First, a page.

New truck salutes driver’s accomplishment

Advocate staff photo by JAMES MINTON -- Terrance Johnson, of Baker, will get to drive a new, personalized boom truck on his brush and trash pickup routes in Baker, Denham Springs and  East Baton Rouge Parish after winning a Driver of the Year award from the Environmental Industry Association. A 16-year employee of Republic Services, Johnson has a perfect safety and accident-free record. Show caption
Advocate staff photo by JAMES MINTON -- Terrance Johnson, of Baker, will get to drive a new, personalized boom truck on his brush and trash pickup routes in Baker, Denham Springs and East Baton Rouge Parish after winning a Driver of the Year award from the Environmental Industry Association. A 16-year employee of Republic Services, Johnson has a perfect safety and accident-free record.

Few people know the name of the sanitation workers who collect garbage and trash in their neighborhoods, but residents on Terrance Johnson’s routes will have a chance soon to know who’s serving them.

He’ll be driving a gleaming new brush collection truck with his name and a noteworthy accomplishment painted on the doors.

An employee of Republic Services for 16 years, Johnson recently received one of three “Driver of the Year” awards the Environmental Industry Association gave during an industry trade show in Phoenix, Ariz.

Johnson, 35, picks up limbs, brush and other yard debris and various kinds of trash deposited curbside in Denham Springs, Baker and another part of East Baton Rouge Parish.

In addition to the awards and recognition he received at the convention, Republic Services rewarded him with a new truck outfitted with a cargo bed and boom-operated grapple.

Johnson estimates the vehicle cost more than $300,000. It’s his, and his alone, to drive on the job.

Johnson has a perfect safety and accident-free record and drives an average of 800 miles per week to cover more than 13,000 stops.

“It meant a lot,” Johnson said of his selection from among 900 nominees for the award.

“It shows all of your hard work pays off. It makes you want to (operate) more safely and pass it on to your co-workers and try to make them safer, too,” he said.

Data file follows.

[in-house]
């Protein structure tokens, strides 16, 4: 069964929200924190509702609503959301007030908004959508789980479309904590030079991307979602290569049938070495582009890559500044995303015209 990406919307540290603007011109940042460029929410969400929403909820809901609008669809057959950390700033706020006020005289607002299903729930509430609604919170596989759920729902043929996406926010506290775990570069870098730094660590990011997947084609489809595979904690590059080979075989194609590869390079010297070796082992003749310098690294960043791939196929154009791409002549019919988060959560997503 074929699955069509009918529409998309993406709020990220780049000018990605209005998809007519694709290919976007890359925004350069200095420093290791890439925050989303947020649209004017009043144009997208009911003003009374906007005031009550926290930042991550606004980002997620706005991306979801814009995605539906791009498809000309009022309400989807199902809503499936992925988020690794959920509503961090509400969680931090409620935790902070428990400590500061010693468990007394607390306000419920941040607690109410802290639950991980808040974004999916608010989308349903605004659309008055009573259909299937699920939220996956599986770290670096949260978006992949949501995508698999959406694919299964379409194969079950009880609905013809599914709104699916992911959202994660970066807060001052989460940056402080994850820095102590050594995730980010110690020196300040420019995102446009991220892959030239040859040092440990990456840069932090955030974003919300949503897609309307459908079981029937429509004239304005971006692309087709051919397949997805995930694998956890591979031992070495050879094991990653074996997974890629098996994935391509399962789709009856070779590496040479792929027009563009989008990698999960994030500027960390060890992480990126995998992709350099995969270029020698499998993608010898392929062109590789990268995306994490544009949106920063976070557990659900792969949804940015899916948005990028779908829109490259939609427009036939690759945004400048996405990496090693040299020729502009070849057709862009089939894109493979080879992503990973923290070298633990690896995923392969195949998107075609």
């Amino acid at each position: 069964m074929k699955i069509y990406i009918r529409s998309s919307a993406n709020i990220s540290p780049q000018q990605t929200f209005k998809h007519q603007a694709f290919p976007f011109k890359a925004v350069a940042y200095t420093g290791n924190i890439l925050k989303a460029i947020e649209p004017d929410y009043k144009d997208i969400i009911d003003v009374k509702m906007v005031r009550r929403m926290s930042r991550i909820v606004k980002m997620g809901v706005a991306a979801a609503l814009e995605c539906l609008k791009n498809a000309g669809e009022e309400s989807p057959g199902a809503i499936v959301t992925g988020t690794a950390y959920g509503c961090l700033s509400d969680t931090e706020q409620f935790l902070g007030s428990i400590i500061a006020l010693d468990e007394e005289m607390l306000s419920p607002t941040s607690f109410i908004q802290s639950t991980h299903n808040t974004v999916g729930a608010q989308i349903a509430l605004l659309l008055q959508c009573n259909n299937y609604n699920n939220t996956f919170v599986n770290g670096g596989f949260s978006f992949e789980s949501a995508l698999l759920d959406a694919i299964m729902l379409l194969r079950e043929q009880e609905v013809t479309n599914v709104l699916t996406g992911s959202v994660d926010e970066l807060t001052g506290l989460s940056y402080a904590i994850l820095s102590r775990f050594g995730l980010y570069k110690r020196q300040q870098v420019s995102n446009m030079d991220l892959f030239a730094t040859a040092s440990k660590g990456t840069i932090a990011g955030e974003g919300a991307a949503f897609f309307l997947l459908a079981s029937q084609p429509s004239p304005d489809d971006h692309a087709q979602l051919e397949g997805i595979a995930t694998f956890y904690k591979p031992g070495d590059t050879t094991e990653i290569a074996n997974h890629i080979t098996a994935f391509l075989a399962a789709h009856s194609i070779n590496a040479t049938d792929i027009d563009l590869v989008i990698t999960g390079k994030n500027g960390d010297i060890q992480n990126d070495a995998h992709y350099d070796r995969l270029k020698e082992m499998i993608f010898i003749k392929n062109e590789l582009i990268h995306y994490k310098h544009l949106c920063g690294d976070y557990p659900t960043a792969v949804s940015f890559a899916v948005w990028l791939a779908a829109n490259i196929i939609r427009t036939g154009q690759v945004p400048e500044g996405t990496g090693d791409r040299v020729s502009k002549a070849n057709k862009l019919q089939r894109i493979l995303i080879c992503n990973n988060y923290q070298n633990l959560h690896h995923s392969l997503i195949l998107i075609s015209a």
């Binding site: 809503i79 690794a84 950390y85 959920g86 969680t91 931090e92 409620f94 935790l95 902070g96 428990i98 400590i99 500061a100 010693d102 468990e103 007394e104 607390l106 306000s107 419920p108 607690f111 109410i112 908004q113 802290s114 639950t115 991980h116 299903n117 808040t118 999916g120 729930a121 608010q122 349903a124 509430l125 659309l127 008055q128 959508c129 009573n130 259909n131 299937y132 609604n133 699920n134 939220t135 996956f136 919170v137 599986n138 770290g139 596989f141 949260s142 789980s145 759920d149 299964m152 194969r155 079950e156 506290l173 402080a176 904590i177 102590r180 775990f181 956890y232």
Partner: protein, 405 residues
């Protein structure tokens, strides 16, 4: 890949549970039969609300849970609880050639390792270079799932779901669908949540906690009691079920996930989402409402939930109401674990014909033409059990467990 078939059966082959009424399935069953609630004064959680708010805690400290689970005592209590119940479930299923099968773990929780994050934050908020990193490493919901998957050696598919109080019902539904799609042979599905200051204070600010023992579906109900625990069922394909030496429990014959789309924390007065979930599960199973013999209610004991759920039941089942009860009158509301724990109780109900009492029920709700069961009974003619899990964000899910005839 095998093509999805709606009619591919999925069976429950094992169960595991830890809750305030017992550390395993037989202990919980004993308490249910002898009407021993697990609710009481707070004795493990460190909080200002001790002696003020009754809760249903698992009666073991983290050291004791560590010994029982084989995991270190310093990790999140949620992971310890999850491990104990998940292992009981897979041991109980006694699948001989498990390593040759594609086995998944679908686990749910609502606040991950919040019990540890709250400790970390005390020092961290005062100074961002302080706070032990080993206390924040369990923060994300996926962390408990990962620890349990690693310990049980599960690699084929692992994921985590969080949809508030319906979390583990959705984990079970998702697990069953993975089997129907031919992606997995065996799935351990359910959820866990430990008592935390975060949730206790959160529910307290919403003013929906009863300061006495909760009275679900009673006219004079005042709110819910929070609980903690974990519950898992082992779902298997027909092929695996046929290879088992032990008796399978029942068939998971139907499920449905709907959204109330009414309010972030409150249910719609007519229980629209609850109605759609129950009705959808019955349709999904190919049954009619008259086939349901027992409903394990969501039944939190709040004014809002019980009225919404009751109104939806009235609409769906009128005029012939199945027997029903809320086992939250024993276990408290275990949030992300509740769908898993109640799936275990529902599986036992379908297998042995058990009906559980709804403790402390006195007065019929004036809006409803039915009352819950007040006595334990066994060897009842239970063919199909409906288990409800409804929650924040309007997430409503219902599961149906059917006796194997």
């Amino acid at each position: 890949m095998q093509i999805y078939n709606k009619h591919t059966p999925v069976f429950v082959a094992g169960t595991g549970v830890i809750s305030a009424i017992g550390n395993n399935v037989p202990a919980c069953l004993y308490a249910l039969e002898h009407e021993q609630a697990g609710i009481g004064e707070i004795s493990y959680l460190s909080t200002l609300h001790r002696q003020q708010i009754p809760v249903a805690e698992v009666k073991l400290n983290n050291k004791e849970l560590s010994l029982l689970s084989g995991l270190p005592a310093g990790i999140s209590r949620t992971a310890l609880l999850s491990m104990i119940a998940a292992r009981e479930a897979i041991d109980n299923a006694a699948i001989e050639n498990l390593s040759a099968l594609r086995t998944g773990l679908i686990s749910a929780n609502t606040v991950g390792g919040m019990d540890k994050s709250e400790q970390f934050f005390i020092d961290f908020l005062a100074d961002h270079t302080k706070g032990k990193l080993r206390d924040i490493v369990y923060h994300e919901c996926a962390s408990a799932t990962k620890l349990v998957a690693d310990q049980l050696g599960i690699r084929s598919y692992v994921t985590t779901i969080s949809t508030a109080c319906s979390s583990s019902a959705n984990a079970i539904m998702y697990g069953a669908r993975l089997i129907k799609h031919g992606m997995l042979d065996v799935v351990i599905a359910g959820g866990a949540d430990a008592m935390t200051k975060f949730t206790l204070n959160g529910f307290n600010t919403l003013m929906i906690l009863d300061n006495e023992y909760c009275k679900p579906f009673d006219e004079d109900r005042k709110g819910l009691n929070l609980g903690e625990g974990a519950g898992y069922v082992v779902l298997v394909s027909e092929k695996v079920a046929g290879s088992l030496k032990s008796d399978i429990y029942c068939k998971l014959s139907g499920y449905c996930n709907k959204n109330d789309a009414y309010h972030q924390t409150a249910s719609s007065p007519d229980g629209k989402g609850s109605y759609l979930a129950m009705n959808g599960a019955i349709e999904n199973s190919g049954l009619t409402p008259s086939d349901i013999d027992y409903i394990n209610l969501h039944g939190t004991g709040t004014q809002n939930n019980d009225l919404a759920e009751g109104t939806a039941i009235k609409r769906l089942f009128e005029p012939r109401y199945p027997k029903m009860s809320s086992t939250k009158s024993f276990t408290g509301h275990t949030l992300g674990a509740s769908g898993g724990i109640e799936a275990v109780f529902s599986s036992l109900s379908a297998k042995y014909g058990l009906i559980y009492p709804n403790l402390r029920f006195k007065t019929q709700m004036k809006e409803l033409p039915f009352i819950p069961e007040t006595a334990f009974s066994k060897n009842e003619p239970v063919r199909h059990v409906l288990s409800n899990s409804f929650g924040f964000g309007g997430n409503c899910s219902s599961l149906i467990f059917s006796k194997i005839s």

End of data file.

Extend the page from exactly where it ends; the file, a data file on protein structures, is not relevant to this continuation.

“It’s really meant a lot.”

He covers the entire city of Denham Springs on Mondays and Tuesdays, part of East Baton Parish on Wednesday and Baker on Thursdays and Fridays.

Baker Mayor Harold Rideau said he developed a rapport with the award-winner when Johnson called him a long time ago.

“He gave me his cellphone number and told me if we saw a legitimate pile of trash — not a tree that a contractor cut down — sitting there for a long time to give him a call and he’d take care of it,” Rideau said.

“He’s a Baker resident, and as a result, he has pride in this community and wants to do a good job. So I started calling him every now and then to meet me for breakfast. I try to show my appreciation,” Rideau said.

Rideau, Baton Rouge Mayor Kip Holden and Denham Springs Mayor Jimmy Durbin wrote letters in support of Johnson’s nomination.

“He’s one of the good guys,” Durbin said. “He’s very conscientious in his work ethic and in how he serves the public.

“He’s very safe, and when he picks up a load, very little is left on the ground,” Durbin said.

Johnson hauls an average of three loads of debris, sometimes four, to the landfill each day.

He said customers on his route can help him do his job more efficiently and safely by not throwing their trash under power lines or under overhanging tree limbs, “definitely not next to fire hydrants,” or between poles or trees.

“People love to stack stuff between things for some reason,” Karla Swacker, a Republic Services spokeswoman, explained.

“Like mail boxes,” Johnson added.

“Boom stuff can be primarily woody stuff, because it can be so bulky and heavy, but it’s also other bulky items, like household furniture or metal objects. The limitation to his truck is that he can’t pick up little tiny pieces,” Swacker said.

A rear-loading truck works in tandem with Johnson to deal with the smaller piles of debris, and regular garbage truck drivers stay in contact with him to let him know about large piles that need to be collected, she said.

Johnson’s father, Gerald Johnson, also drove for Republic’s predecessor companies for about 20 years, he said.

He hasn’t always driven a brush truck. He has driven regular garbage trucks, worked in the company shop on Leisure Road and repaired and delivered bulk waste containers. He sometimes fills in on other routes.